The station began putting more emphasis on hyperlocal advertising rather than national. Bigger brands cutting advertising budgets left space for companies in the southeast region to reach their concentrated audience through the station. 

The station also added a video section to its website, introduced podcasts, and launched social media campaigns in an effort to adapt to the competitive attention economy. 

Cummins also introduced non-traditional revenue events (NTR), like sponsored community events or prize sweepstakes, as a way to supplement the station’s income.

The scheme worked, and Beat reached financial self-sustainability in the early 2010s.

The Irish Times bought Beat in 2017 as part of its acquisition of The Irish Examiner, kicking off the chief executive’s second term under new ownership. 

It was business as usual at the station for the next couple of years until 2020, when the pandemic hit, and the brand was once again thrown into turmoil.

This time, Beat sought aid from the government.

“Like every station in Ireland, we applied to the BAI for support,” Cummins said. “We were issued grants, which were issued to pretty much all stations, and that obviously helped because our commercial wing took a big hit. National advertising continued to be really torn, and local was challenging.”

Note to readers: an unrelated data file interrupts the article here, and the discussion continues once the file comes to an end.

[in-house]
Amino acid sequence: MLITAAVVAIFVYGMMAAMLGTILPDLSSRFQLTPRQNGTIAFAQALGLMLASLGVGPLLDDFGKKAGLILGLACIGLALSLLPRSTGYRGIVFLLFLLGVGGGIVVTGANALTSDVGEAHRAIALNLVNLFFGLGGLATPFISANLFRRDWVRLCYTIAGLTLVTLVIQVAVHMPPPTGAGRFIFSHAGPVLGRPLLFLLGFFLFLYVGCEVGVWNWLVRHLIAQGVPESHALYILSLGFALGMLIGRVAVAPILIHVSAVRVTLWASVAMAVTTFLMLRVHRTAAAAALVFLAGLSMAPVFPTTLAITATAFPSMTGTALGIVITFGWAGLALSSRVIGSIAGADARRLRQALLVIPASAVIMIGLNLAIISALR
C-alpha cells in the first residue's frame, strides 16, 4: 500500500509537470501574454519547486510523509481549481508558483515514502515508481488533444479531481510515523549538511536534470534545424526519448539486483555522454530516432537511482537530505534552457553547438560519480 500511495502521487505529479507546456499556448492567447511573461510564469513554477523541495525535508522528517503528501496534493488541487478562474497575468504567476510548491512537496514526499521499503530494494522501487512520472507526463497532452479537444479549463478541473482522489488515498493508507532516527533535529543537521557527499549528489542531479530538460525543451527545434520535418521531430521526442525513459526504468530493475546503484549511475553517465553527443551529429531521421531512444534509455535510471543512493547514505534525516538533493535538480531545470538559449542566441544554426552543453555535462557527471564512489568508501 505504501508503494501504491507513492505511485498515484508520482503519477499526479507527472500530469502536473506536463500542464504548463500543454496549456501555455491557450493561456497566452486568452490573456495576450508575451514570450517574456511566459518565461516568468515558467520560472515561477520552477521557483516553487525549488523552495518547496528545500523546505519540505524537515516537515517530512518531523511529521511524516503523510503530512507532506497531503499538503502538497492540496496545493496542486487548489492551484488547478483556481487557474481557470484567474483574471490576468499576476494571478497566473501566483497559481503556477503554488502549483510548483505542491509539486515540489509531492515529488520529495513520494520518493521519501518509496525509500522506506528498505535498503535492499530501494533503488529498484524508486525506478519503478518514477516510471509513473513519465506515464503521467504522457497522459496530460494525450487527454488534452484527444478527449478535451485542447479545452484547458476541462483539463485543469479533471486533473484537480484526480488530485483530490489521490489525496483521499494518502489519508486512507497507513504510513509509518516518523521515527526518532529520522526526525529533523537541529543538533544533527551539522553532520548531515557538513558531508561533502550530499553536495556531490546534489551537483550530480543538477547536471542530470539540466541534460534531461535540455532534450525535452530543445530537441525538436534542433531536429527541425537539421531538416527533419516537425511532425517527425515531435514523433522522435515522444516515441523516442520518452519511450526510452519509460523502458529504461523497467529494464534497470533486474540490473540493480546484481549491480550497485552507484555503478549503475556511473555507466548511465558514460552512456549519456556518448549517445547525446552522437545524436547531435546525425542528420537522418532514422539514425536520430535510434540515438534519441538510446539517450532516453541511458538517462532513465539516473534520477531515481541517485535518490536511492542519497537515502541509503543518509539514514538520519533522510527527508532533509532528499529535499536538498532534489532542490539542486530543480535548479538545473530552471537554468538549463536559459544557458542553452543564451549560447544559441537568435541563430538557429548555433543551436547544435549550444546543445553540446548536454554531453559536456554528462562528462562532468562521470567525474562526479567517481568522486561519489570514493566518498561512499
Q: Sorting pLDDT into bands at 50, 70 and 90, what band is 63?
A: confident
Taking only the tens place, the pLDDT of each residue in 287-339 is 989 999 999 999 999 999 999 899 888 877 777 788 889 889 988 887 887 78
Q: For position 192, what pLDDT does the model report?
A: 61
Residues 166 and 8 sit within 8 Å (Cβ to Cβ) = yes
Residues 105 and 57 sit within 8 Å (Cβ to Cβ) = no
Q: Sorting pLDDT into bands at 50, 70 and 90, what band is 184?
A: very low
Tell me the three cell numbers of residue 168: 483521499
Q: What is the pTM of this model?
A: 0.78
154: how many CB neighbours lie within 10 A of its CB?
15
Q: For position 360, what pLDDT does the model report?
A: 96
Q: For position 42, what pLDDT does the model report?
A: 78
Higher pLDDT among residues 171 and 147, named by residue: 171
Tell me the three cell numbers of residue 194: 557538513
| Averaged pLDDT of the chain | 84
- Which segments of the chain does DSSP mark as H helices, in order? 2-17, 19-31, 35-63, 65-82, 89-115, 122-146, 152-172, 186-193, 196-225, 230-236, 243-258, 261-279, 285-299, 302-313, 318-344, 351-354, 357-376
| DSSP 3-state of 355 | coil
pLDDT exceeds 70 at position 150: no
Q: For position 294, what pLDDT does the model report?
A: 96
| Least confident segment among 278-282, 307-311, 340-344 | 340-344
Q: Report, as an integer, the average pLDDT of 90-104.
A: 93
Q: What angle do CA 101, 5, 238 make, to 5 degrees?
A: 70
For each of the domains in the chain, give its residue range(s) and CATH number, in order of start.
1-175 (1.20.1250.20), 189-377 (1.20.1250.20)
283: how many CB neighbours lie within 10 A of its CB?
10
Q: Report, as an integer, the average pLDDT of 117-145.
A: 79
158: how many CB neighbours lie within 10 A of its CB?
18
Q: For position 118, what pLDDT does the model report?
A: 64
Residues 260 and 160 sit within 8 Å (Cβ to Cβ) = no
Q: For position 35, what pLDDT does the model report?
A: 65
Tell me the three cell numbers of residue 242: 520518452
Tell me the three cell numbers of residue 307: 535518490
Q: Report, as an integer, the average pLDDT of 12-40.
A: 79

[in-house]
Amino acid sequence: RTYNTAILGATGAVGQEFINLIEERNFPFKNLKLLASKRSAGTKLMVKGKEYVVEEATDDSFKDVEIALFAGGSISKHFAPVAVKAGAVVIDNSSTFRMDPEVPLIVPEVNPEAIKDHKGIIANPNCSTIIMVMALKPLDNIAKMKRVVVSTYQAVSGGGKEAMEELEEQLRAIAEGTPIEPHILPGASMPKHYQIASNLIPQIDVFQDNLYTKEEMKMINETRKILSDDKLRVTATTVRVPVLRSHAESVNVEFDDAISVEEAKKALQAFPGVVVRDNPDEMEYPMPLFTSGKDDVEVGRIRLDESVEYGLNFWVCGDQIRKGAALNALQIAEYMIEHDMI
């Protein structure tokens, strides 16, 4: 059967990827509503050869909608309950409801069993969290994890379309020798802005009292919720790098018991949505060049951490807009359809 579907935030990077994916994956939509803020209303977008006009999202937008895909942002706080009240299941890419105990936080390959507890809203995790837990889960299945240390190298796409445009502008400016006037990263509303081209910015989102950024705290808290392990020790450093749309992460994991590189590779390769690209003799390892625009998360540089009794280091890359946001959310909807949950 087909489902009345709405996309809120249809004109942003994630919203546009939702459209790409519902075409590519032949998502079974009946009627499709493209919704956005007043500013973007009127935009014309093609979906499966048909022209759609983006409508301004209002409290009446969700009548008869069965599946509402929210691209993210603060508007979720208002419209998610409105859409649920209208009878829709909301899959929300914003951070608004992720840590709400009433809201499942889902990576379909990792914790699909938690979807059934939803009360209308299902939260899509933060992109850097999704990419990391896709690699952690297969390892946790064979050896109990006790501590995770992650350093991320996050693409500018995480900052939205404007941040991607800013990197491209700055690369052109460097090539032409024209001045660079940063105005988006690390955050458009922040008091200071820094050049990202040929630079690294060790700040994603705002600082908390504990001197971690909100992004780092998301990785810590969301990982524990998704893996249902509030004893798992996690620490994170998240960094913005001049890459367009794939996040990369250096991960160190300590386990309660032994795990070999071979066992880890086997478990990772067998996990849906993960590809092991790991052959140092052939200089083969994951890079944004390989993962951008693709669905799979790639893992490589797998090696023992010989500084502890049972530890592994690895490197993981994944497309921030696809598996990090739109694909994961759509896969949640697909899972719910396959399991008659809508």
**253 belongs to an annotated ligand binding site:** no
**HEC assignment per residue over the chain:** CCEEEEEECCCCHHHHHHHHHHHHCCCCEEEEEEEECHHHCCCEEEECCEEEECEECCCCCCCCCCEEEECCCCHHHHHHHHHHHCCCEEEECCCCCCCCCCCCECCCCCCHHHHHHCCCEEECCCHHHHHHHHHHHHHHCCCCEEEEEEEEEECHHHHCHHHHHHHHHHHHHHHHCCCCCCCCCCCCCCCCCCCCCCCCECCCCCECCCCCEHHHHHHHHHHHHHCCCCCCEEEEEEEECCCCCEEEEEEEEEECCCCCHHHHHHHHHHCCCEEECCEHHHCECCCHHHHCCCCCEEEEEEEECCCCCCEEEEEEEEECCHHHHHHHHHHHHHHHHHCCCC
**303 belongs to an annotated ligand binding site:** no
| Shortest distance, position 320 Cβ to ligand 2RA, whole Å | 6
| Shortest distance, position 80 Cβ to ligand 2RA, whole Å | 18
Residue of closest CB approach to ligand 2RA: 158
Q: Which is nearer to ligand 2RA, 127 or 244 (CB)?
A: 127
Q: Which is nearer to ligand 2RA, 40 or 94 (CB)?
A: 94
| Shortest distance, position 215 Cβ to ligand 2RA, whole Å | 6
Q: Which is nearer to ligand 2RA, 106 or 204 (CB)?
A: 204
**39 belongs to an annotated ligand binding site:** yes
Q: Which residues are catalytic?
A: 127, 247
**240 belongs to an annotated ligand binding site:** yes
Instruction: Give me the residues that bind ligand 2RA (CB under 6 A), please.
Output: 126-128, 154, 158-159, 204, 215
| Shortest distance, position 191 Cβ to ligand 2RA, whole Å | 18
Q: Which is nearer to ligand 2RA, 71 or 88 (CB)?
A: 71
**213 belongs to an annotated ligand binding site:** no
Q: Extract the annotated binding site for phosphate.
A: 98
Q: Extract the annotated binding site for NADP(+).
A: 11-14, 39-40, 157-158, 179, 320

While aid from the government helped keep the station afloat, Cummins struggled with the fact that she could no longer deliver the same product to listeners. 

“We still had a strong product on-air, but obviously, we weren’t going to be able to produce the same level of content,” she said. 

As a condition under its youth broadcasting licence, the station was required to air 2 hours of news every day, or 20 per cent of its daytime broadcast. A large contingent of the daily news section often involved sending Beat journalists out into the public, either to report on an ongoing event or to engage with people on the street, neither of which could be done during the pandemic.